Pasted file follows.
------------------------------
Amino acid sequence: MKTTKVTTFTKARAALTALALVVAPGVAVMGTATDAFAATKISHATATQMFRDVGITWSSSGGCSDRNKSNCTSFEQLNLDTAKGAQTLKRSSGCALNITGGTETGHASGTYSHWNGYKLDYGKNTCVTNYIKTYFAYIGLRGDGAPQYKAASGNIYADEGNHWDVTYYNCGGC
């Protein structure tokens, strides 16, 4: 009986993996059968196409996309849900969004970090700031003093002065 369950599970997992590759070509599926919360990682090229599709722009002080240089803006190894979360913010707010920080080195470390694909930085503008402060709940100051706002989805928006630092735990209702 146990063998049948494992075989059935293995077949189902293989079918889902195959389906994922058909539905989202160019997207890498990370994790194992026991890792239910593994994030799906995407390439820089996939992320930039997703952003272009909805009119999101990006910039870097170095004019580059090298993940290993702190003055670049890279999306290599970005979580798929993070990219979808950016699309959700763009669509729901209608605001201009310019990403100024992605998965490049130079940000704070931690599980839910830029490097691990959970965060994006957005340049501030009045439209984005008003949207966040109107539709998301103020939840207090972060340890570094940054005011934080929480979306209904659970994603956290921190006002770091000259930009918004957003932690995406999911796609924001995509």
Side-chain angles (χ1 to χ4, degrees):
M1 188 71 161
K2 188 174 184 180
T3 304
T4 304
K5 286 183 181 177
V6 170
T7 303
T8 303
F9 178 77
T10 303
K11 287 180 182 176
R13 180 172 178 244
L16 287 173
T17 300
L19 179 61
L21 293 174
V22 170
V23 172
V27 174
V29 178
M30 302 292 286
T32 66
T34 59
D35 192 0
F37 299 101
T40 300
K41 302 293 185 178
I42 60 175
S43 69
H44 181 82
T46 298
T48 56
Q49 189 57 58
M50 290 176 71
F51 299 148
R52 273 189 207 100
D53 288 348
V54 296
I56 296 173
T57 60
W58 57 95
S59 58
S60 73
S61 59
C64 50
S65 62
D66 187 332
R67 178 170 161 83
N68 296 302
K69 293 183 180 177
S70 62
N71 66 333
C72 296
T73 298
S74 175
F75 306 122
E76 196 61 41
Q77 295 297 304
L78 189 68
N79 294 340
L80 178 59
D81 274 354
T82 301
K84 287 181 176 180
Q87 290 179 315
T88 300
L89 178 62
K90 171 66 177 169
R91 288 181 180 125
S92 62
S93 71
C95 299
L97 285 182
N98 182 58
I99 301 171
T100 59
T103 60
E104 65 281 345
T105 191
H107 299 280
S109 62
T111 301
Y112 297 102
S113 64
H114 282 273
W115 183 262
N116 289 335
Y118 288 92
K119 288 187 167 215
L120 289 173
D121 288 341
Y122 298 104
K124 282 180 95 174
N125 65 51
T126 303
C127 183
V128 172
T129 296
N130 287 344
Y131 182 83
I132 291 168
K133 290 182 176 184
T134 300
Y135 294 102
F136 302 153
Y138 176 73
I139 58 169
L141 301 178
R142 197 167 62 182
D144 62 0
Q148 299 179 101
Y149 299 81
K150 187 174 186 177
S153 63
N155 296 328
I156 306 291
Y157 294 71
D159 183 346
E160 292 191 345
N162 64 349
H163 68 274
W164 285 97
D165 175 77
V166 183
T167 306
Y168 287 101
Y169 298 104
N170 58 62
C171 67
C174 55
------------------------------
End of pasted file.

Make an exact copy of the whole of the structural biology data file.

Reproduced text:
Amino acid sequence: MKTTKVTTFTKARAALTALALVVAPGVAVMGTATDAFAATKISHATATQMFRDVGITWSSSGGCSDRNKSNCTSFEQLNLDTAKGAQTLKRSSGCALNITGGTETGHASGTYSHWNGYKLDYGKNTCVTNYIKTYFAYIGLRGDGAPQYKAASGNIYADEGNHWDVTYYNCGGC
């Protein structure tokens, strides 16, 4: 009986993996059968196409996309849900969004970090700031003093002065 369950599970997992590759070509599926919360990682090229599709722009002080240089803006190894979360913010707010920080080195470390694909930085503008402060709940100051706002989805928006630092735990209702 146990063998049948494992075989059935293995077949189902293989079918889902195959389906994922058909539905989202160019997207890498990370994790194992026991890792239910593994994030799906995407390439820089996939992320930039997703952003272009909805009119999101990006910039870097170095004019580059090298993940290993702190003055670049890279999306290599970005979580798929993070990219979808950016699309959700763009669509729901209608605001201009310019990403100024992605998965490049130079940000704070931690599980839910830029490097691990959970965060994006957005340049501030009045439209984005008003949207966040109107539709998301103020939840207090972060340890570094940054005011934080929480979306209904659970994603956290921190006002770091000259930009918004957003932690995406999911796609924001995509």
Side-chain angles (χ1 to χ4, degrees):
M1 188 71 161
K2 188 174 184 180
T3 304
T4 304
K5 286 183 181 177
V6 170
T7 303
T8 303
F9 178 77
T10 303
K11 287 180 182 176
R13 180 172 178 244
L16 287 173
T17 300
L19 179 61
L21 293 174
V22 170
V23 172
V27 174
V29 178
M30 302 292 286
T32 66
T34 59
D35 192 0
F37 299 101
T40 300
K41 302 293 185 178
I42 60 175
S43 69
H44 181 82
T46 298
T48 56
Q49 189 57 58
M50 290 176 71
F51 299 148
R52 273 189 207 100
D53 288 348
V54 296
I56 296 173
T57 60
W58 57 95
S59 58
S60 73
S61 59
C64 50
S65 62
D66 187 332
R67 178 170 161 83
N68 296 302
K69 293 183 180 177
S70 62
N71 66 333
C72 296
T73 298
S74 175
F75 306 122
E76 196 61 41
Q77 295 297 304
L78 189 68
N79 294 340
L80 178 59
D81 274 354
T82 301
K84 287 181 176 180
Q87 290 179 315
T88 300
L89 178 62
K90 171 66 177 169
R91 288 181 180 125
S92 62
S93 71
C95 299
L97 285 182
N98 182 58
I99 301 171
T100 59
T103 60
E104 65 281 345
T105 191
H107 299 280
S109 62
T111 301
Y112 297 102
S113 64
H114 282 273
W115 183 262
N116 289 335
Y118 288 92
K119 288 187 167 215
L120 289 173
D121 288 341
Y122 298 104
K124 282 180 95 174
N125 65 51
T126 303
C127 183
V128 172
T129 296
N130 287 344
Y131 182 83
I132 291 168
K133 290 182 176 184
T134 300
Y135 294 102
F136 302 153
Y138 176 73
I139 58 169
L141 301 178
R142 197 167 62 182
D144 62 0
Q148 299 179 101
Y149 299 81
K150 187 174 186 177
S153 63
N155 296 328
I156 306 291
Y157 294 71
D159 183 346
E160 292 191 345
N162 64 349
H163 68 274
W164 285 97
D165 175 77
V166 183
T167 306
Y168 287 101
Y169 298 104
N170 58 62
C171 67
C174 55